County Files in Arkansas Jail Starvation Death, Claims Qualified Immunity

Sebastian County, named as a defendant in the death of Larry Eugene Price, Jr., a schizophrenic inmate who allegedly starved to death in an Arkansas county jail because of staff and medical neglect and negligence, denies all allegations in its response to a federal wrongful death lawsuit and says, among other things, that constitutional and state legal protections for the jailers and the county mean the suit should be dismissed.

The eight-page response, filed this week, is limited in detail, but it amounts to a flat denial of the charges: that Price, with an IQ below 55, spent a year and 10 days locked in solitary confinement, was denied needed psychotropic drugs, was denied basic medical care and wasted away — from 185 pounds at booking to 90 pounds when EMS responded — and died of acute dehydration and malnutrition. The suit also says jailers continued marking Price as "OK" and that his cell was fine, despite Price ingesting his own feces and urine, which covered a single cell so flooded with water his feet had shriveled up.

Larry Eugene Price, Jr.
Autopsy Photo of Larry Eugene Price, Jr.
At left, Larry Eugene Price, Jr., at the funeral of his father, who died in 2008. At right, an autopsy photo showing his emaciated body.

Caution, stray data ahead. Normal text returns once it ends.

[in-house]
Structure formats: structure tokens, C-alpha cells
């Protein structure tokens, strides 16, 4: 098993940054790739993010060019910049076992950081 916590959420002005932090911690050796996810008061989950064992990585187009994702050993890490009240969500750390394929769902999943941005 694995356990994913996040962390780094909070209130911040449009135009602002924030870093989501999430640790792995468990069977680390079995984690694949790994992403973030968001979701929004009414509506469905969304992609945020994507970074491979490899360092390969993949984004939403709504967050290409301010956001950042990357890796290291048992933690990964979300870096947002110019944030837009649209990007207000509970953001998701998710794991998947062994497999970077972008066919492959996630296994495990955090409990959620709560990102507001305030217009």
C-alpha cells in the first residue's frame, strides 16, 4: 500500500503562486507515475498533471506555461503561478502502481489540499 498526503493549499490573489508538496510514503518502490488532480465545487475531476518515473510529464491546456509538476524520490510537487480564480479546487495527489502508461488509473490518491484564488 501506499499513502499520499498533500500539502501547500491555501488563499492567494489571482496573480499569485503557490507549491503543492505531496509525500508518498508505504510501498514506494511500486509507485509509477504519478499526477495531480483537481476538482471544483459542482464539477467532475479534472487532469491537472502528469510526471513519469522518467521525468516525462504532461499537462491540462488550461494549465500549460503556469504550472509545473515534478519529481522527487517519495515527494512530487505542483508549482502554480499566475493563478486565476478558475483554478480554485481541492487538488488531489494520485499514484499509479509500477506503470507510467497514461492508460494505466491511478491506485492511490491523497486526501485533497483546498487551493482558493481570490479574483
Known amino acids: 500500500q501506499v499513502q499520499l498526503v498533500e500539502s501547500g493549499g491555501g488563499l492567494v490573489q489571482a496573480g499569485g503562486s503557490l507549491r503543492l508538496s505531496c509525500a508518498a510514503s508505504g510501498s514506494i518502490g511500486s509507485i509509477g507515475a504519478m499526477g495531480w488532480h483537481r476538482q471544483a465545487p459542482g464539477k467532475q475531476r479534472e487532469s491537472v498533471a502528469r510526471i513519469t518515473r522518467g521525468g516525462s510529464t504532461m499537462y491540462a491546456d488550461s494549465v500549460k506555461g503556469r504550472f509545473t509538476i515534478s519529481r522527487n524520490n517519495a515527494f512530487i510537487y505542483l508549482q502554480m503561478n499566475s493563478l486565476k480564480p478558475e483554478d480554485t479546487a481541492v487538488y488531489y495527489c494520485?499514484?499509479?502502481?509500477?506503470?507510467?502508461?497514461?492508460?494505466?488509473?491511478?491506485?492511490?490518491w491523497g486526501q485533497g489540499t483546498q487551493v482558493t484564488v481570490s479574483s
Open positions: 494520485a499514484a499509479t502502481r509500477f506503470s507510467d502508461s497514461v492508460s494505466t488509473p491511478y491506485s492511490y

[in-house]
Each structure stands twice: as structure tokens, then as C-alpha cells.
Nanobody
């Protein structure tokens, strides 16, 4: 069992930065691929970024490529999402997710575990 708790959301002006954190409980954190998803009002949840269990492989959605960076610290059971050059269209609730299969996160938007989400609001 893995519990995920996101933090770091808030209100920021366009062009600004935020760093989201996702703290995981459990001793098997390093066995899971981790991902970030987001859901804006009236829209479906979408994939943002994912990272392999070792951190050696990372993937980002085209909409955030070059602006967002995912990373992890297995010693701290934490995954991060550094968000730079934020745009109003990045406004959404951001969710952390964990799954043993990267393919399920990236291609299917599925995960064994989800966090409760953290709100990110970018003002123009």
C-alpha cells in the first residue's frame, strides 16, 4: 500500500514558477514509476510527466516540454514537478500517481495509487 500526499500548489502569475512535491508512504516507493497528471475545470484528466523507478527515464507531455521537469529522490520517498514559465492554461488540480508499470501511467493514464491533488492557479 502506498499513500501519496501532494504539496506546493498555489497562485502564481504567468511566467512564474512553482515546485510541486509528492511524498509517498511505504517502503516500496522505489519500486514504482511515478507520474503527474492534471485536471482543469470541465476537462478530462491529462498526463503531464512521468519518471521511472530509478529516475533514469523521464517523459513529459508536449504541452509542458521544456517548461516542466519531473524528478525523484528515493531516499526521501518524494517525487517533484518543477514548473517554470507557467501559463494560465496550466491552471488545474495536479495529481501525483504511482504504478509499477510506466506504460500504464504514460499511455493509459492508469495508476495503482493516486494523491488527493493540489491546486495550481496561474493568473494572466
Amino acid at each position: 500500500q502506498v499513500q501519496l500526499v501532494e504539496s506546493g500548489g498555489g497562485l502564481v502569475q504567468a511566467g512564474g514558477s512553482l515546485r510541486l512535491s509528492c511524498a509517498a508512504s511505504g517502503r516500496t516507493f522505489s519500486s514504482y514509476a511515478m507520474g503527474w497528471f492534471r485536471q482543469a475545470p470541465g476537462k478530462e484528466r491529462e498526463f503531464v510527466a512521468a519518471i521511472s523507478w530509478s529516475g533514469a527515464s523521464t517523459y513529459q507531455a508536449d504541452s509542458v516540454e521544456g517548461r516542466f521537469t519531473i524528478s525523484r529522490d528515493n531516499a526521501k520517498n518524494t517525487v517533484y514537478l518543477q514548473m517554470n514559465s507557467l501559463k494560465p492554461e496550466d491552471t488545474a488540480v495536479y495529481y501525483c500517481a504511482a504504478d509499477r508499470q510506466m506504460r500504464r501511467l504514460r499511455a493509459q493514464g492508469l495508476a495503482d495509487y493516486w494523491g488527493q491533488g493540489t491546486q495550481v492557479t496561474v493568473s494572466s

Like the plaintiffs who filed the suit and the other defendants, Oklahoma City-based Turn Key Health Clinics, the for-profit provider for the jail, and Turn Key's psychiatrist and nurse, Sebastian County is demanding a jury trial should the case get that far. Turn Key has also denied all allegations against the company and its psychiatrist and nurse.

The psychiatrist, Jawaun Lewis, allegedly took Price off his psychotropic medication and ignored his mental state, while nurse Christeena Ferguson, who no longer works for the company, is accused of neglecting Price's medical state and allowing his condition to deteriorate. Neither could be contacted, and the company and employees are all being represented by the same Oklahoma City law firm, Sweet Dewberry Hubbard.

Sebastian County, home to Fort Smith — where Price was arrested on a felony for waving his finger like a gun inside the city's police station on August 19, 2020 — says legal protections, among them qualified immunity, shield the county and its employees.

Qualified immunity, long argued by backers as necessary to protect government employees, including law enforcement, from frivolous lawsuits has been a hot-button issue in criminal justice reform. Those against it say it is used too uniformly even in solid cases, offering protections against constitutional claims where people's rights have been egregiously abused. The county is also arguing it is legally shielded from paying damages.

Read the Sebastian County Response Below:

As Newsweek first reported January 13, Price died on August 29, 2021, never getting his day in court to answer the felony charge of terroristic threatening in the first degree. His bond had been set at $1,000. But Price, destitute and mostly homeless, could not afford the $100 it would have taken for him to be released.